Photography News | Issue 34 | absolutephoto.com
Pentax With almost a century of rich and successful heritage in optical design, Pentax lenses offer some exciting features that you won’t find anywhere else… Lens special
This is the kind of location where Pentax gear really comes into its own…
Words by Kingsley Singleton
As one of photography’s most historic names, you’d expect Pentax to offer a huge range of lenses, catering to photographers of all levels and interests. And you’d be right. The line is broadly split into K-mount, Q-mount and 645-mount lenses, but as with any line-up there’s lots to differentiate, too. Pentax (which since 2011 has been a brand within the Ricoh Imaging Co.) was originally founded almost 100 years ago as the Asahi Optical Joint Stock Co. The company made lenses for spectacles, which it still does, but over the years, it diversified into camera lenses, binoculars and telescopes, then cameras themselves. Back to the lenses. There are eight models in the Q-mount range to complement the mirrorless Q-S1; these comprise standard primes, zooms, wide-angle options and also creative lenses like the 03 Fish-Eye 3.2mm f/5.6 with its huge 160º angle of view and 05 Toy Lens Telephoto 18mmwith its fixed f/8 aperture. At the other end of the spectrum is Pentax’s fleet of 19 lenses for its 645D and 645Z medium-format cameras. These, many of which offer weather- resistance (WR) to complement that of the cameras, include everything you’d expect from a pro range; a full suite of focal lengths from wide- angles such as the HD Pentax-DA 645 28-45mmf/4.5 EDAWSR, to fast standard lenses like the HD D-FA 645 90mm f/2.8 ED AW SR that
make the most of the wonderfully shallowdepth-of-field that the 645Z’s medium-format sensor produces. There are also telephoto options, such as the smc FA 645 300mm f/4 ED IF for those shooting sports and action. The range also includes teleconverters, the Rear Converter A645 1.4x and 2x. Finally, the K-mount is where the largest number of Pentax lenses are to be found; 44 in the current line-up, though some are very similar options on the same design, varying mainly in coatings. Of these, the latest is Pentax’s HD (High Definition) coating, which improves light transmittance and produces sharper images free from flare and ghosting. K-mount lenses canbe fitted to any current Pentax DSLR, but with the advent of the K-1 full-frame body, the split between those designed for full- frame use and those engineered for APS-C sensored bodies like the K-3 II is important. ‘ D-FA is the designation for full- frame glass, like the new HD D FA 15-30mm f/2.8 ED SDM WR. D’ is for smaller sensors, like the smc DA 12-24mm f/4. If the lenses have an ‘*’ it generally means they’re top of the line with fast maximum apertures (such as the DA* 50-135mm f/2.8 ED IF SDM), while the Limited line are compact primes with metal housings (like the 20-40mm, right).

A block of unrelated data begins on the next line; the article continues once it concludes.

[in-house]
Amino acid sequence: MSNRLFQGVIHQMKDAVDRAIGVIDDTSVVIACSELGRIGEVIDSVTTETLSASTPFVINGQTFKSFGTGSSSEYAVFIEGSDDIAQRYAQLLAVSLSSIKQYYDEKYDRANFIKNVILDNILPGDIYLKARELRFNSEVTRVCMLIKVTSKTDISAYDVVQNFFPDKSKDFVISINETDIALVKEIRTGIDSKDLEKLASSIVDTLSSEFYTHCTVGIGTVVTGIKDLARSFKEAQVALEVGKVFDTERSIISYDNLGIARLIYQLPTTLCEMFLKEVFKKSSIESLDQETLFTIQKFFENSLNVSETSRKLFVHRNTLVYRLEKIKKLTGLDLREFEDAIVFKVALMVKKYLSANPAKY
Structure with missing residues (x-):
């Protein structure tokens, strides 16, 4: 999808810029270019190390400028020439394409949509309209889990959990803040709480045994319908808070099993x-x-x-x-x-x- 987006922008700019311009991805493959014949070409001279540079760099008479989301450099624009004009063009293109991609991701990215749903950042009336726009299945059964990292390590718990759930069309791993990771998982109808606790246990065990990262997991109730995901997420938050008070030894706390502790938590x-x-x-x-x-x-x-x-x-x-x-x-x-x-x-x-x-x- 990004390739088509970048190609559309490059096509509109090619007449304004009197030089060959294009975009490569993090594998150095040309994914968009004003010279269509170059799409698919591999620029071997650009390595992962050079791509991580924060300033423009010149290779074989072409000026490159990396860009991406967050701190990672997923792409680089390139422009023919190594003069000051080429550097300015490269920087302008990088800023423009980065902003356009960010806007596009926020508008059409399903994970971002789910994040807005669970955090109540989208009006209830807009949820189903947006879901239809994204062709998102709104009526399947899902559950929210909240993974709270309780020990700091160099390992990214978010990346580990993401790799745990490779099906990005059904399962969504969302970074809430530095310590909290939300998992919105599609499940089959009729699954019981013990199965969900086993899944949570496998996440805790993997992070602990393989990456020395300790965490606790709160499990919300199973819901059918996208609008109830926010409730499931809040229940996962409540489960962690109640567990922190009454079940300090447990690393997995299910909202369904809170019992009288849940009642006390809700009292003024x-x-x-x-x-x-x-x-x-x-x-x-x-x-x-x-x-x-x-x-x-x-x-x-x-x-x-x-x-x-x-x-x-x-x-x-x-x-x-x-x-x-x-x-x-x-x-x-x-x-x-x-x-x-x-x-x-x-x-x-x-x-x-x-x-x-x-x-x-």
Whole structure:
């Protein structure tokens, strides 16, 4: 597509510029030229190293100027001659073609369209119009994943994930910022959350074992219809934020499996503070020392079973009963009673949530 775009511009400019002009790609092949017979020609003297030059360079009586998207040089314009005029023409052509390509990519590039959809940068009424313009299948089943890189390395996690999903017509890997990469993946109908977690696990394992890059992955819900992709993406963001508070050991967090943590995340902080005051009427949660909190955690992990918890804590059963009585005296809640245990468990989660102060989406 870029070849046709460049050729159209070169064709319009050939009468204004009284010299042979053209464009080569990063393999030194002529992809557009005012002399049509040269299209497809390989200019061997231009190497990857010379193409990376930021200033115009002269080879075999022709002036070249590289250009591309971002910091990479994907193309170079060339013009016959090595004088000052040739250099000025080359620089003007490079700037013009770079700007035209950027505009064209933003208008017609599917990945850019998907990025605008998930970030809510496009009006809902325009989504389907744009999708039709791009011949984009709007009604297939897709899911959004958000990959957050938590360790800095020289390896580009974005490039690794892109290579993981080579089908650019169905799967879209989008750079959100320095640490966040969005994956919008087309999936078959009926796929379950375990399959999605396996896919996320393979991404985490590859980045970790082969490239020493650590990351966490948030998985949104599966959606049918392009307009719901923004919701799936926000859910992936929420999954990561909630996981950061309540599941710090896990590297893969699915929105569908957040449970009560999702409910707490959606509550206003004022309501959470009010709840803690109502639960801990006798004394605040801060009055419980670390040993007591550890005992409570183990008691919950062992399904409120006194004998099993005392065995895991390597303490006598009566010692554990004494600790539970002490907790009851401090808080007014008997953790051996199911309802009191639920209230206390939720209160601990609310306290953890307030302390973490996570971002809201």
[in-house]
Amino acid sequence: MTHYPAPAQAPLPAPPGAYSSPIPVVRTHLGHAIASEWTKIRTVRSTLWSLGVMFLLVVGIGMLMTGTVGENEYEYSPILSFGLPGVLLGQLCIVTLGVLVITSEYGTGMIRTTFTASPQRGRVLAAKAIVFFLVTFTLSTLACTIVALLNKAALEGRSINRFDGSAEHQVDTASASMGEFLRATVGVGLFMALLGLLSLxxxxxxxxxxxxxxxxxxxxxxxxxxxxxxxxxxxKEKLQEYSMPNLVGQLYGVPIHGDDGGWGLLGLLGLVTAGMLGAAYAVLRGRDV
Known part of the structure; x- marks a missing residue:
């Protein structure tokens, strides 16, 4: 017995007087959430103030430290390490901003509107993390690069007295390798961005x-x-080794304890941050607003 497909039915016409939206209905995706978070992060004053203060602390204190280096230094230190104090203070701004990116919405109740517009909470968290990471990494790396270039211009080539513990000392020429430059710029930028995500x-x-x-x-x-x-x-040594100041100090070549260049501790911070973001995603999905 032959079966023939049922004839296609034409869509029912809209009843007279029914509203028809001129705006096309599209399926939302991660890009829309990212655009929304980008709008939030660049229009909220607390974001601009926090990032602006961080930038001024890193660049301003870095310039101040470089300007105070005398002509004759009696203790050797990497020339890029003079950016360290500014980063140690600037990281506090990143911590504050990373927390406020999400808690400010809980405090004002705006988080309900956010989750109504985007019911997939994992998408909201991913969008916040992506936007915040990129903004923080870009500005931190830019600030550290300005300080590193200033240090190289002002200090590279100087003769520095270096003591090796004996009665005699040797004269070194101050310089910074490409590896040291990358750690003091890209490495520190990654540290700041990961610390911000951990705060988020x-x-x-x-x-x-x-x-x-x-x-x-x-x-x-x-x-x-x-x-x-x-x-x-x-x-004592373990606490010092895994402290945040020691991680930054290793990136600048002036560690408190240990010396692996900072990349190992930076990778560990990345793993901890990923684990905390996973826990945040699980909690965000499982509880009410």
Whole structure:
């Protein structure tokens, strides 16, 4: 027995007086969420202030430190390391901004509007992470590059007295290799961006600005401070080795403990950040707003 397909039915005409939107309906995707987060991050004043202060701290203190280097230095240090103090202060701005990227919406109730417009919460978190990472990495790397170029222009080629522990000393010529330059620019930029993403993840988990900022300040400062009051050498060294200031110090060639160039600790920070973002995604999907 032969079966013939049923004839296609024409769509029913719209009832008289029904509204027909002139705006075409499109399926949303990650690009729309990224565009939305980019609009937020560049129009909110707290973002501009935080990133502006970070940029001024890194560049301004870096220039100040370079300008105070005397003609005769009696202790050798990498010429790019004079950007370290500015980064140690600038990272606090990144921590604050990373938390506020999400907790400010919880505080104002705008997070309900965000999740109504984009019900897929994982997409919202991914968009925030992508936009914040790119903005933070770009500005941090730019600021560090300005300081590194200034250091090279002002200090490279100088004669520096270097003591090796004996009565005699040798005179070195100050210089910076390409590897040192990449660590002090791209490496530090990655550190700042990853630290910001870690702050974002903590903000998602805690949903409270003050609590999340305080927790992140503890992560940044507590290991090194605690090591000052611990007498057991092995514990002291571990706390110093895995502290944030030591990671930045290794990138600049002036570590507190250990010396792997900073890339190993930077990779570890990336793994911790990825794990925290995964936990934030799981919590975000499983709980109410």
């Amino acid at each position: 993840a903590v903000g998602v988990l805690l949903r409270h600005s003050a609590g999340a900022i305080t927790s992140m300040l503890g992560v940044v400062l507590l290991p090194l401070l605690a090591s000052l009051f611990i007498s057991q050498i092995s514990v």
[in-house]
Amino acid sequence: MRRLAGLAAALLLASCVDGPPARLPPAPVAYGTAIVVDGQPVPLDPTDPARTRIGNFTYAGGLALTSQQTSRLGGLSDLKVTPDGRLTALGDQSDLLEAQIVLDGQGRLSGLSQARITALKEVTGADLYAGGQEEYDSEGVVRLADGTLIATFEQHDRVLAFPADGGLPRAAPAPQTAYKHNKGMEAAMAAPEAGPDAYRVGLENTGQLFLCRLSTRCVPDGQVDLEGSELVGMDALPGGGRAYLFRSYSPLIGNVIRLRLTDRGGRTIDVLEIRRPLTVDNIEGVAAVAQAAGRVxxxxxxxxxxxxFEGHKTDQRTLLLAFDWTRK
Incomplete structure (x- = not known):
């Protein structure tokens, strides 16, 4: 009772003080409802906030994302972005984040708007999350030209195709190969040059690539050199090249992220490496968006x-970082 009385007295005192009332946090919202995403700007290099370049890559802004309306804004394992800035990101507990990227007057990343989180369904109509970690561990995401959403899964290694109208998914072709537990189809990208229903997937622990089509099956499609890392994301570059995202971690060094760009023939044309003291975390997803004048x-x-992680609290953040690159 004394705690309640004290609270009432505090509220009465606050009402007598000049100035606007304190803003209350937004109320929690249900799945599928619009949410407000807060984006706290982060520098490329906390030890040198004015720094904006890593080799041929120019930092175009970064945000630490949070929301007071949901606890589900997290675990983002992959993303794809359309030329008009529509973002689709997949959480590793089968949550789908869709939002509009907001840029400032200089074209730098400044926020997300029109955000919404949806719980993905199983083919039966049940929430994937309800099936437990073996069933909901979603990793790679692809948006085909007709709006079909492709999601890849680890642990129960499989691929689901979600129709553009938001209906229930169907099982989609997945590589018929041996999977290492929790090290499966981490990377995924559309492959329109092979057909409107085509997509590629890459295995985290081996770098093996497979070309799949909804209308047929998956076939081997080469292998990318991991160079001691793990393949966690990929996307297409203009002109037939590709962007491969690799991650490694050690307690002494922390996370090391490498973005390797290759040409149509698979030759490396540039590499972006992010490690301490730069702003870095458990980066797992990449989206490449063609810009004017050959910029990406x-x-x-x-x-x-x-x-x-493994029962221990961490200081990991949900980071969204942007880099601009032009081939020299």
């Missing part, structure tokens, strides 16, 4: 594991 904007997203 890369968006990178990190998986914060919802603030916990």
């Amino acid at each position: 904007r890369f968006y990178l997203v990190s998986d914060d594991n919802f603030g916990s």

HDDA20-40mmf2.8-4 ED LimitedDCWR £660 This wide-angle zoom for Pentax DSLRs with APS-C sized sensors is a versatile lens that’s equally as at home shooting landscapes as it is group shots, architecture and low-light subjects. Made of high- grade, hand-machined aluminium, the lens is weather-sealed to prevent intrusion of water and dust, and Pentax’s Super Protect (SP) coating repels moisture and grease from the front element. Optically, the lens uses Extra-low Dispersion (ED) glass and a super- low dispersion glass element alongside HD coatings to deliver clear, high resolution images.
Above Whether you’re shooting on Pentax mirrorless, DSLRs or medium- format cameras, there are wide-angle options in abundance, such as the smc DA 12-24mm f/4 ED AL IF. Below Many of Pentax’s K-mount and 645-mount lenses offer protection fromwater and dust (look out for AW or WR in the name), so if you’re adventurous like Matt Emmett, you can shoot in places like this cave.